# Difference between revisions of "Pascal's Bomb"

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− | ==Pascal's Bomb== | + | ==Pascal's Bomb(Introduction)== |

− | + | ||

+ | Pascal's Bomb is a (not)widely known theorem, applying it will solve almost every problem. However, the concept is quite hard to grasp, yet it is very important. | ||

+ | |||

+ | Pascal's Bomb is 1% Adihaya Jayasharmaramankumarguptareddybavarajugopal's lemma, and 99% pure big brain. | ||

+ | |||

+ | ==Discovery== | ||

+ | |||

+ | In the year 69, Munkey man first developed the idea. It was then sent to Gmaas for review, approved by Gmaas, and became published. | ||

+ | |||

+ | Forgotten by the year 696, it was later re-discovered. In the year 4269, bestzack66 got on FTW and said "Pascal's" and MathHayden said "Bomb". Thus, it became a real theorem. | ||

+ | |||

+ | Later on, bestzack66 and MathHayden contributed to mankind by re-publishing the theorem, this time onto the AoPS wiki. It is now here for all AoPS users to learn from. | ||

+ | |||

+ | ==Diagram== | ||

+ | |||

+ | make | ||

+ | |||

+ | ==Explanation== | ||

+ | |||

+ | Pascal's Bomb begins with 69. It becomes infinitely large, although many people believe that it ends with 8947. Pascal's Bomb is a series of Munkeys. To apply this, you can use Complete the Circle or the Buadratic Bormula. After you have substituted for one of the variables, you can proceed to solve, using Inches or Watts. This is applicable on all Maff problems. | ||

+ | |||

+ | ==Example== | ||

+ | |||

+ | Suppose that MathHayden has <math>69</math> apples. He needs to distribute them among <math>2</math> of his very distinguished friends(not including himself). Each friend must get at least <math>14</math> apples. How many <math>Possible</math> distributions are there? | ||

+ | |||

+ | ==Solution 1== | ||

+ | By applying the Pascal's Bomb, we Munkey it and get an answer of <math>\boxed{42}</math>. | ||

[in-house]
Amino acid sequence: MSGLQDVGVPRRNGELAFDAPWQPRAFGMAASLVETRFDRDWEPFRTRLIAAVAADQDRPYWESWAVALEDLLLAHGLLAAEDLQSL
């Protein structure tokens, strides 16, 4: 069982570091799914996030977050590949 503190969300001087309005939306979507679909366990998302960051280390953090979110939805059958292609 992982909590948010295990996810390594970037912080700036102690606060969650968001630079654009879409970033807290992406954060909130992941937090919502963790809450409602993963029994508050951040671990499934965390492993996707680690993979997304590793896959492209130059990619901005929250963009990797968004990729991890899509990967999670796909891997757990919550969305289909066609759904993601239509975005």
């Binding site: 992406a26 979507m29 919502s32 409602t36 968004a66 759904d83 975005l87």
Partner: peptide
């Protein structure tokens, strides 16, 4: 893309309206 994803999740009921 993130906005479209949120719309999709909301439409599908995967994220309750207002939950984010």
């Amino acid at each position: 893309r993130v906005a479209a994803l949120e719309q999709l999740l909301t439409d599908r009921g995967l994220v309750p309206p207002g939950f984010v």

+ | |||

+ | ==Solution 2== | ||

+ | By Adihaya Jayasharmaramankumarguptareddybavarajugopal's lemma, the answer is <math>\boxed{42}</math> again. | ||

+ | |||

+ | ==Solution 3(slower)== | ||

+ | We first proceed to give each friend <math>14</math> apples. We then have <math>41</math> apples left to distribute among the two friends. The first one can have <math>0 \leq x \leq 41</math> apples and the second will have <math>41-x</math> apples. There are <math>\boxed{42}</math> <math>Possible</math> values of <math>x</math>, from <math>0</math> to <math>41</math>, and that is the answer. |

## Revision as of 20:23, 22 November 2020

## Contents

## Pascal's Bomb(Introduction)

Pascal's Bomb is a (not)widely known theorem, applying it will solve almost every problem. However, the concept is quite hard to grasp, yet it is very important.

Pascal's Bomb is 1% Adihaya Jayasharmaramankumarguptareddybavarajugopal's lemma, and 99% pure big brain.

## Discovery

In the year 69, Munkey man first developed the idea. It was then sent to Gmaas for review, approved by Gmaas, and became published.

Forgotten by the year 696, it was later re-discovered. In the year 4269, bestzack66 got on FTW and said "Pascal's" and MathHayden said "Bomb". Thus, it became a real theorem.

Later on, bestzack66 and MathHayden contributed to mankind by re-publishing the theorem, this time onto the AoPS wiki. It is now here for all AoPS users to learn from.

## Diagram

make

## Explanation

Pascal's Bomb begins with 69. It becomes infinitely large, although many people believe that it ends with 8947. Pascal's Bomb is a series of Munkeys. To apply this, you can use Complete the Circle or the Buadratic Bormula. After you have substituted for one of the variables, you can proceed to solve, using Inches or Watts. This is applicable on all Maff problems.

## Example

Suppose that MathHayden has apples. He needs to distribute them among of his very distinguished friends(not including himself). Each friend must get at least apples. How many distributions are there?

## Solution 1

By applying the Pascal's Bomb, we Munkey it and get an answer of .

## Solution 2

By Adihaya Jayasharmaramankumarguptareddybavarajugopal's lemma, the answer is again.

## Solution 3(slower)

We first proceed to give each friend apples. We then have apples left to distribute among the two friends. The first one can have apples and the second will have apples. There are values of , from to , and that is the answer.